One of the most pressing elder law issues at the current time is that of elder financial abuse. It can be hard to imagine a time when you would be able to keep tabs on your affairs and detect threats, but things can change when you get older.
Clearly, this is not a very pleasant subject to contemplate, but it is wise to meet it head on so that you can take the right steps to protect yourself. Even if you are always safe and sound on this level, there is nothing lost if you put the necessary safeguards in place.
As you are trying to decide whether or not preventative measures are necessary, you would do well to absorb some eye-opening facts about aging and Alzheimer’s disease.
Most people expect to be around long enough to collect their full Social Security benefit. The age of eligibility is between 66 and 67 at the present time depending on your year of birth. Once you reach the age of 67, your life expectancy is 85 years if you are a man, and it is 87 years for a woman.
This in and of itself sheds some light on what the future may hold in a general sense, but it is very relevant when it comes to Alzheimer’s. Approximately 40% of individuals that are 85 years of age and older have contracted the disease, and Alzheimer’s is not the only cause of cognitive impairment.
In many instances, the inability to make sound decisions will creep up gradually. You may be vulnerable to instances of elder financial abuse before you become completely and obviously incapacitated.
Elder Financial Exploitation Is Widespread
It is impossible for experts to get a firm handle on the extent of the problem of elder financial abuse, because it is been estimated that only one out of every 25 cases are ever reported.
Why would this be the case?
Sadly, in many instances, the abusers are people that are known to the victims, and they do not tell anyone because they do not want to get the perpetrators into trouble.
Another reason is because they don’t want to lose the care that they are receiving from the abusers. There are also people that are not aware of the fact that they are being exploited financially.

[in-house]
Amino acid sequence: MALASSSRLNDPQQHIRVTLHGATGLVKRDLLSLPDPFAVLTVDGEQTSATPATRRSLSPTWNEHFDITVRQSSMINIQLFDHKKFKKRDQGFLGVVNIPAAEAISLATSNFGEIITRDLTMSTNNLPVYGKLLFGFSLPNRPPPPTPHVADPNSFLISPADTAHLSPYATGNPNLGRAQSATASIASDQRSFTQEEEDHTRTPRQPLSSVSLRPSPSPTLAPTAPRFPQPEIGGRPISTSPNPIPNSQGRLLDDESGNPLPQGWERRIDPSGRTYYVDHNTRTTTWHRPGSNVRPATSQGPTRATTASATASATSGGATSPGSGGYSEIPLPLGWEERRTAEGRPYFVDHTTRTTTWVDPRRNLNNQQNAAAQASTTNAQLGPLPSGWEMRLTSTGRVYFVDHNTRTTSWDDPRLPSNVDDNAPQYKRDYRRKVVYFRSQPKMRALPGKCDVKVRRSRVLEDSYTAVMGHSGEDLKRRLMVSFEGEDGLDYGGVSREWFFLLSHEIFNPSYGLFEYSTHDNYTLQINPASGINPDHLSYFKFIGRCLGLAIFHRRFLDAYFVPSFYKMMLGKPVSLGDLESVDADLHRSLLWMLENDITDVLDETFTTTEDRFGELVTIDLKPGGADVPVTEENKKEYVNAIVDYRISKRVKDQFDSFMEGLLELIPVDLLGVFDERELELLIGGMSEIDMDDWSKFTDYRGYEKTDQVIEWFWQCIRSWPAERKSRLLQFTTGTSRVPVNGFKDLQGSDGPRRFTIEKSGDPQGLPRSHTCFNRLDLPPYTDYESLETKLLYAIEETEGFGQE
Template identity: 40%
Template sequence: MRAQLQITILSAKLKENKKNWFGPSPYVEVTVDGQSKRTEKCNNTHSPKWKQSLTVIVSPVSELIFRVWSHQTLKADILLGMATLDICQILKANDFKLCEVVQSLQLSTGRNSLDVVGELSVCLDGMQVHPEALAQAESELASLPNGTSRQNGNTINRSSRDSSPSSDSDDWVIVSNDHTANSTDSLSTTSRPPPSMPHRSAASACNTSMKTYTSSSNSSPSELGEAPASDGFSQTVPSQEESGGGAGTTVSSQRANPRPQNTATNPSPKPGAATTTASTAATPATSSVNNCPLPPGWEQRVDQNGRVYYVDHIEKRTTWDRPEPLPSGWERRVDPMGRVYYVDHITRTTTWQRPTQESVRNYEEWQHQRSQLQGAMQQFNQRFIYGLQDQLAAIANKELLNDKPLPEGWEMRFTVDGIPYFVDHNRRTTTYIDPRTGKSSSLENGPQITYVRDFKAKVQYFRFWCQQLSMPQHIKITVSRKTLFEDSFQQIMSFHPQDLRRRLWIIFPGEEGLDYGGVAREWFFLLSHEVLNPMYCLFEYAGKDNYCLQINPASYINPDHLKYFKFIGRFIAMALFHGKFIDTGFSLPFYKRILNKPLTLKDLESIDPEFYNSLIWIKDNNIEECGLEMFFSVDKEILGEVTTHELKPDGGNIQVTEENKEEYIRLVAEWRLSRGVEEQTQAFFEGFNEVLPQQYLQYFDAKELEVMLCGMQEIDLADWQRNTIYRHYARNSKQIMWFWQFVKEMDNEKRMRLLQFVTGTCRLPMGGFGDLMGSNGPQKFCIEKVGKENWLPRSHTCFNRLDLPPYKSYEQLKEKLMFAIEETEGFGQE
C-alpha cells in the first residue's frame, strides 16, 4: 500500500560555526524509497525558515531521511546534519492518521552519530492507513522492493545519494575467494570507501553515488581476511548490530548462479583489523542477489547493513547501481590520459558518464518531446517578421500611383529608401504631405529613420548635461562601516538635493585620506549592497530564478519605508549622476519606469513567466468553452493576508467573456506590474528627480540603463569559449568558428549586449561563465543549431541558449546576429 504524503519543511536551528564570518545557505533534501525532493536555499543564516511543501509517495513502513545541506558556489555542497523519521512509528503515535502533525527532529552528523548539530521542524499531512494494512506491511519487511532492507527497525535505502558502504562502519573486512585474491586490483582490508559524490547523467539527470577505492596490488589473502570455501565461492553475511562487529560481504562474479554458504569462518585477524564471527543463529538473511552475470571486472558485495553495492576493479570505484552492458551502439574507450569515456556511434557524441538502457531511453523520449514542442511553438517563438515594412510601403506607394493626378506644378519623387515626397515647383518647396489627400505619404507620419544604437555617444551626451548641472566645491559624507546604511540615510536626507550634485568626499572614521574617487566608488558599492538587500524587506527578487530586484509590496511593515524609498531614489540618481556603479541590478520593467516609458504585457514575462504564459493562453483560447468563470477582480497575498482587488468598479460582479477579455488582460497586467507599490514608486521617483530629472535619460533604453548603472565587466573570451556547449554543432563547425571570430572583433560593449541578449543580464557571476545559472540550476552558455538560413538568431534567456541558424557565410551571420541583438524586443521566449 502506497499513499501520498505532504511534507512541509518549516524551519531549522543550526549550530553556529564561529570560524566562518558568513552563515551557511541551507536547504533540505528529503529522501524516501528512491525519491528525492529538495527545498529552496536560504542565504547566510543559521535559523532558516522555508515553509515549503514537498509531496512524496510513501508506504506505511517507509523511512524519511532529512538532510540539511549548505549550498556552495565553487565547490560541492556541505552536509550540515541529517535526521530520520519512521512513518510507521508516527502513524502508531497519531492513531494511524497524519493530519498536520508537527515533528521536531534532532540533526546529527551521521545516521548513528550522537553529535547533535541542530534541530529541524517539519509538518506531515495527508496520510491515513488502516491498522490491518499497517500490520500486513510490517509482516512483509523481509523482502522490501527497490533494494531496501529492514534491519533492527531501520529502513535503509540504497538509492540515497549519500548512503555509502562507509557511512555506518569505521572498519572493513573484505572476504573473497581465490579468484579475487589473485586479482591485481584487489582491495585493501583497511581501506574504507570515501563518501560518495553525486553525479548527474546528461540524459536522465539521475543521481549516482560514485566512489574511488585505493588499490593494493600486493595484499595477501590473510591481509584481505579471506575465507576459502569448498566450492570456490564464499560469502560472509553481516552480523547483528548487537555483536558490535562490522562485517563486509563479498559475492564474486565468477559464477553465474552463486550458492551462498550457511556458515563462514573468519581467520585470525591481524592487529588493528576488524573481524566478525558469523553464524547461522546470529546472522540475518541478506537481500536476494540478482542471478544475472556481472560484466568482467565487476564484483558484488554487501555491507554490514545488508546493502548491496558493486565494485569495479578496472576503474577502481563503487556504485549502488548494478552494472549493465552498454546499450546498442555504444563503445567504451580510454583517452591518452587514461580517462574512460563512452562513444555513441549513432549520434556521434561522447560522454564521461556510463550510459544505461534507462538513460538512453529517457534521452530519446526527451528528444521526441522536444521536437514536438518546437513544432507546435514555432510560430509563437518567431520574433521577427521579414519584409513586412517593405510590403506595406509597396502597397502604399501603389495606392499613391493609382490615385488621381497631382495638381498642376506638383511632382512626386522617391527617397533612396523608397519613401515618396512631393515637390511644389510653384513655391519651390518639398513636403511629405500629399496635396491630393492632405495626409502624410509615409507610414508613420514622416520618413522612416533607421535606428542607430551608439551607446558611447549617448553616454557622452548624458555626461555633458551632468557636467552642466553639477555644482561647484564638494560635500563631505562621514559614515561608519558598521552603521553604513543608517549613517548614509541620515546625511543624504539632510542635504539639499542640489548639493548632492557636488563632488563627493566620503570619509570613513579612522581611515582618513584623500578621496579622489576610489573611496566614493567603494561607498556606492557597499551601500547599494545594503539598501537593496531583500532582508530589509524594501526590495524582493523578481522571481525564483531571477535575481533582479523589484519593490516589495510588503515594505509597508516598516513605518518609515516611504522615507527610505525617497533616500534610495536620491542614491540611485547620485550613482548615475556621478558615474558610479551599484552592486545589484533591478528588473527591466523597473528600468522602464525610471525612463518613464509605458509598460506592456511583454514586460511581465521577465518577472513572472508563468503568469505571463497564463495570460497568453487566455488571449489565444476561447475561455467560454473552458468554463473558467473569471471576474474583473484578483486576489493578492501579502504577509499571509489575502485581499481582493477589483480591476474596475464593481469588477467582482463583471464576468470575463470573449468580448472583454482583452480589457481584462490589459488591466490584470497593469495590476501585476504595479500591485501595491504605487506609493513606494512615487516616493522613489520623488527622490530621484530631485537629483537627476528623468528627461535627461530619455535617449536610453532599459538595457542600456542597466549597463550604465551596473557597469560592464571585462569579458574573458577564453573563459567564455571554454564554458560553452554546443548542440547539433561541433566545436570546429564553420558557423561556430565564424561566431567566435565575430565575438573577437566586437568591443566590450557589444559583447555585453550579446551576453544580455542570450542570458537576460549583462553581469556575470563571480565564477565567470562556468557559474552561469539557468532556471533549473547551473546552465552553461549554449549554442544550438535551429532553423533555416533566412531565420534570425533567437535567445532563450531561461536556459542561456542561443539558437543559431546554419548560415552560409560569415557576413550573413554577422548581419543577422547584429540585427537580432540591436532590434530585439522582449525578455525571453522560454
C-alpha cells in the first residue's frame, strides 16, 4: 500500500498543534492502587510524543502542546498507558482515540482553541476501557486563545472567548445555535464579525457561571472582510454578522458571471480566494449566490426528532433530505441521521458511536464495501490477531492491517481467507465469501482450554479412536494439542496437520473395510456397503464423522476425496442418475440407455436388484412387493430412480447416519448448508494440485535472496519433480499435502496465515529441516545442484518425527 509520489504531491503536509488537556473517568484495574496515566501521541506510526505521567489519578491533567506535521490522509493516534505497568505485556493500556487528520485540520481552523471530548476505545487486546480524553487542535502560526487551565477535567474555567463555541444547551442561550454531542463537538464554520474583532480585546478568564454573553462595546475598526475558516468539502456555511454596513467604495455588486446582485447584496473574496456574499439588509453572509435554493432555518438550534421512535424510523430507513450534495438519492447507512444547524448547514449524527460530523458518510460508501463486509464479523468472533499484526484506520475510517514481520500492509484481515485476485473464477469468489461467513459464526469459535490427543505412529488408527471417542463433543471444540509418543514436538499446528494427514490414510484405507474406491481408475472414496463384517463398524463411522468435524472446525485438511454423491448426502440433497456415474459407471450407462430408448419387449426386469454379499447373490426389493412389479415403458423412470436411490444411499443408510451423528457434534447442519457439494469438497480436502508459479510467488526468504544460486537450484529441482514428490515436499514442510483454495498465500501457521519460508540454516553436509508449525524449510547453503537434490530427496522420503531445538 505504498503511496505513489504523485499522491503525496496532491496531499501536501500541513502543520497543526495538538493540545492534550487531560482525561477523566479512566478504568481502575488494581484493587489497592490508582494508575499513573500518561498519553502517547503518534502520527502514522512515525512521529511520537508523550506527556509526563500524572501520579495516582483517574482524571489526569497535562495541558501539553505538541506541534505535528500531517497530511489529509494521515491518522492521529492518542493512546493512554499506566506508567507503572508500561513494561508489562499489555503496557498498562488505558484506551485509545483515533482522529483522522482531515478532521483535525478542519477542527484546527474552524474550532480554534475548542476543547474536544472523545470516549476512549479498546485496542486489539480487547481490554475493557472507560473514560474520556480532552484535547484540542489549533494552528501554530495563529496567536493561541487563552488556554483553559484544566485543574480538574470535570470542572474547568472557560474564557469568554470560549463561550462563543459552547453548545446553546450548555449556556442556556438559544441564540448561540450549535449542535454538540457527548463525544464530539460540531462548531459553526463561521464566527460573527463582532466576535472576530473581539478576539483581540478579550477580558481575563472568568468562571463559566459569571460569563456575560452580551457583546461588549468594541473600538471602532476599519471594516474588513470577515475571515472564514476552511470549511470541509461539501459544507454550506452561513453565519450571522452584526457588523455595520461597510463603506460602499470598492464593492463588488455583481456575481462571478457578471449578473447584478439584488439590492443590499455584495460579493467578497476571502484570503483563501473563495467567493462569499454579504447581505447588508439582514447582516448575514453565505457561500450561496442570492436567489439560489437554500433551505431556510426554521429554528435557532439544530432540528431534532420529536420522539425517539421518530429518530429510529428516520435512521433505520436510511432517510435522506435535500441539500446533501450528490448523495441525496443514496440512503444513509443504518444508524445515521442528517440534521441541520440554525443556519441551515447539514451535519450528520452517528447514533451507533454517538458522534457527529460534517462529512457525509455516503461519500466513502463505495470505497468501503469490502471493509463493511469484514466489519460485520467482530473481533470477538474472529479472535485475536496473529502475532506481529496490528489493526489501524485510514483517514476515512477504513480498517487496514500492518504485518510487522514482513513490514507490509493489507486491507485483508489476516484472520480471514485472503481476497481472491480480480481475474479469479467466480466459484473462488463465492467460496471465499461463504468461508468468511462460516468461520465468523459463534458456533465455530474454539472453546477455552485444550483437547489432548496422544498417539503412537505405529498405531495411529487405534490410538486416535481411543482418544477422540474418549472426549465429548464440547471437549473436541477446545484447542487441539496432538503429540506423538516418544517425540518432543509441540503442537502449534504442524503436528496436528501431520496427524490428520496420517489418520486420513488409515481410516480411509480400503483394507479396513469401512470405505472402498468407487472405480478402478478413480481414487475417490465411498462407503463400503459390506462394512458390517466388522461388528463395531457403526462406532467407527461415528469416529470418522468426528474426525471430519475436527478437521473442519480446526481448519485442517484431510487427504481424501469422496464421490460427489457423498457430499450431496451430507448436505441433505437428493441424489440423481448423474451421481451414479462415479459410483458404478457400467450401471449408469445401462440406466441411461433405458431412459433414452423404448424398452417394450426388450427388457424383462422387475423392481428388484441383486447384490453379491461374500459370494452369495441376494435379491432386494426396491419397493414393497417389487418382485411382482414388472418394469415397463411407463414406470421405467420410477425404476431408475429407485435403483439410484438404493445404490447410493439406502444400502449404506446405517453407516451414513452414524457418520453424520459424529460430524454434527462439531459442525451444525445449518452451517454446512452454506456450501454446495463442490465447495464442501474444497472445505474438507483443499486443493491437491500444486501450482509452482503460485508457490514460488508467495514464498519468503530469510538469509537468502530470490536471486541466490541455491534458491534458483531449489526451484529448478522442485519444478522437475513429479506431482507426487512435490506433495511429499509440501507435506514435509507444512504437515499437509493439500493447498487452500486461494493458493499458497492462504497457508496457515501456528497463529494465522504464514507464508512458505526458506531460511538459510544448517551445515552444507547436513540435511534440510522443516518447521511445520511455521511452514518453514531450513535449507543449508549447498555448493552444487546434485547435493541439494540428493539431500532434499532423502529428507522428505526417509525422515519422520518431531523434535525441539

Several years ago, MetLife estimated annual losses at right around $3 billion a year, but a subsequent study came up with a figure that blows that out of the water. True Link Financial research placed the losses at a mind boggling $36.5 billion annually.
Protect Yourself in Advance
There are legal steps that can be taken to minimize your vulnerability to this horrible crime. It is possible to convey assets into a living trust and empower a disability trustee to act as the administrator if you ever become unable to manage your own financial affairs effectively.
You can execute a durable power of attorney for property to name someone to manage assets that are not held by a trust. In fact, you could use a springing durable power of attorney that would only become effective if you do in fact become incapacitated.
Schedule a Consultation Today!
We would be more than glad to answer any questions that you have about elder abuse and any other elder law or estate planning concerns. Our attorneys know that it can be hard to discuss these matters with someone that you have just met, but you can rest assured that everyone here will put you at ease from the start.
You can send us a message to request a consultation appointment, and we will get back in touch with you promptly. If you would rather reach out over the telephone, our number in Vermont is 802-879-7133.
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